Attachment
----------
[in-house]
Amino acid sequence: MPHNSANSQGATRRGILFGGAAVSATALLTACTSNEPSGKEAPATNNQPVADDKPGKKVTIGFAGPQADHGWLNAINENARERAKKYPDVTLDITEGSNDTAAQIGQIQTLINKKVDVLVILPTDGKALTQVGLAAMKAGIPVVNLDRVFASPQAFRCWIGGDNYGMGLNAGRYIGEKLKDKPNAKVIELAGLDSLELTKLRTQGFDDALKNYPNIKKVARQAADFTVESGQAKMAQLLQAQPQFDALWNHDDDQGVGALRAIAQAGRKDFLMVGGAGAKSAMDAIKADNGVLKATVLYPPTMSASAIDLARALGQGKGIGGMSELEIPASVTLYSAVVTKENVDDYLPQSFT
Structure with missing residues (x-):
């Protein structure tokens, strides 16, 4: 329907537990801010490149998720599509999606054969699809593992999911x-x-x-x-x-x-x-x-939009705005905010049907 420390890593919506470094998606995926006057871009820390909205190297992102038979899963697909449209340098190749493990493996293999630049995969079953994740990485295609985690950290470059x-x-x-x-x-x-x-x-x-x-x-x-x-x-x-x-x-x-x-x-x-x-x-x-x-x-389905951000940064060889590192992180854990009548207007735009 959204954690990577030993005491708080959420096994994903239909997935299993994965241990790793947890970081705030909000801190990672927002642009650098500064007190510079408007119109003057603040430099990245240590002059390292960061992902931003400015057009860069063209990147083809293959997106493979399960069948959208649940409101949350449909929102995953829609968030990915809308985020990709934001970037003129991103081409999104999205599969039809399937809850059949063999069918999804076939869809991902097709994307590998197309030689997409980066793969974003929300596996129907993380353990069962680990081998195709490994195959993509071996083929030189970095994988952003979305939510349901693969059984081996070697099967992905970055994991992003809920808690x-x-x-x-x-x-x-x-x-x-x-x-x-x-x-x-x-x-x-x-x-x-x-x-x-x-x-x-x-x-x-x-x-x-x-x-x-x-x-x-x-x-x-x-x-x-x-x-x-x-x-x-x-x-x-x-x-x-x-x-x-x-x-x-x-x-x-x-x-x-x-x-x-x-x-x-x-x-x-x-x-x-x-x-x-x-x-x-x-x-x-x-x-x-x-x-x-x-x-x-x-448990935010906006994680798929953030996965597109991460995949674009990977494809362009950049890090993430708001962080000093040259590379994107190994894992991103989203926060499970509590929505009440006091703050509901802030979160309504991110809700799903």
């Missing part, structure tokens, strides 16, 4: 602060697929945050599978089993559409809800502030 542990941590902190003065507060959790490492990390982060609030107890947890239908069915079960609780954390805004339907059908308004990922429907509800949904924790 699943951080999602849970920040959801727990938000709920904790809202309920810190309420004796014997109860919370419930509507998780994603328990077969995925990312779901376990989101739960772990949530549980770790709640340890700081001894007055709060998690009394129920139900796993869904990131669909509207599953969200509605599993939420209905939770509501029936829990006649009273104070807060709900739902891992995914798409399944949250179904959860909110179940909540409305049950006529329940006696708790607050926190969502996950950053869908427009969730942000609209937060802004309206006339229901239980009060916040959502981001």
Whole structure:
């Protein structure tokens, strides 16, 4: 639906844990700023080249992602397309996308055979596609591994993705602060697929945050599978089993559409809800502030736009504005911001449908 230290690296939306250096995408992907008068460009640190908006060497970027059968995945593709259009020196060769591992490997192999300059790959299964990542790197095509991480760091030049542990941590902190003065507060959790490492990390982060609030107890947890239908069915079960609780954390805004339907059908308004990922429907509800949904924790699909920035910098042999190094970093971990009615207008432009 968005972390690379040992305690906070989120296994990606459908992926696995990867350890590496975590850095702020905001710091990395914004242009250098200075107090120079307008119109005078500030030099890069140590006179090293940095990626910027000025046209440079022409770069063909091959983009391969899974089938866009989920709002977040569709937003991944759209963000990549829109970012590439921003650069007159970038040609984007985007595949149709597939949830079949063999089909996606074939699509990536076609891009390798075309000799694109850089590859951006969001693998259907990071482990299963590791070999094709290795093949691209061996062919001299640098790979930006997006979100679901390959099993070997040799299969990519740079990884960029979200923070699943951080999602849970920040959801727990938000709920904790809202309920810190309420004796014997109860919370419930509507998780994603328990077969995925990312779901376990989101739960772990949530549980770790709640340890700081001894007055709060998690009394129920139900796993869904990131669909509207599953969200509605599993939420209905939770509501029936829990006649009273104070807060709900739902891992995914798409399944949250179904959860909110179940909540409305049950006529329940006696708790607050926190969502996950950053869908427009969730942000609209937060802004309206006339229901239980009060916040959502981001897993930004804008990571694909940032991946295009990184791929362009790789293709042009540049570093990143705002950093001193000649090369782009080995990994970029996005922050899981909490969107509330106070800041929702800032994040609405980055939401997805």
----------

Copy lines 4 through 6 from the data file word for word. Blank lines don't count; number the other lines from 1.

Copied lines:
């Protein structure tokens, strides 16, 4: 329907537990801010490149998720599509999606054969699809593992999911x-x-x-x-x-x-x-x-939009705005905010049907 420390890593919506470094998606995926006057871009820390909205190297992102038979899963697909449209340098190749493990493996293999630049995969079953994740990485295609985690950290470059x-x-x-x-x-x-x-x-x-x-x-x-x-x-x-x-x-x-x-x-x-x-x-x-x-x-389905951000940064060889590192992180854990009548207007735009 959204954690990577030993005491708080959420096994994903239909997935299993994965241990790793947890970081705030909000801190990672927002642009650098500064007190510079408007119109003057603040430099990245240590002059390292960061992902931003400015057009860069063209990147083809293959997106493979399960069948959208649940409101949350449909929102995953829609968030990915809308985020990709934001970037003129991103081409999104999205599969039809399937809850059949063999069918999804076939869809991902097709994307590998197309030689997409980066793969974003929300596996129907993380353990069962680990081998195709490994195959993509071996083929030189970095994988952003979305939510349901693969059984081996070697099967992905970055994991992003809920808690x-x-x-x-x-x-x-x-x-x-x-x-x-x-x-x-x-x-x-x-x-x-x-x-x-x-x-x-x-x-x-x-x-x-x-x-x-x-x-x-x-x-x-x-x-x-x-x-x-x-x-x-x-x-x-x-x-x-x-x-x-x-x-x-x-x-x-x-x-x-x-x-x-x-x-x-x-x-x-x-x-x-x-x-x-x-x-x-x-x-x-x-x-x-x-x-x-x-x-x-x-448990935010906006994680798929953030996965597109991460995949674009990977494809362009950049890090993430708001962080000093040259590379994107190994894992991103989203926060499970509590929505009440006091703050509901802030979160309504991110809700799903």
């Missing part, structure tokens, strides 16, 4: 602060697929945050599978089993559409809800502030 542990941590902190003065507060959790490492990390982060609030107890947890239908069915079960609780954390805004339907059908308004990922429907509800949904924790 699943951080999602849970920040959801727990938000709920904790809202309920810190309420004796014997109860919370419930509507998780994603328990077969995925990312779901376990989101739960772990949530549980770790709640340890700081001894007055709060998690009394129920139900796993869904990131669909509207599953969200509605599993939420209905939770509501029936829990006649009273104070807060709900739902891992995914798409399944949250179904959860909110179940909540409305049950006529329940006696708790607050926190969502996950950053869908427009969730942000609209937060802004309206006339229901239980009060916040959502981001």
Whole structure: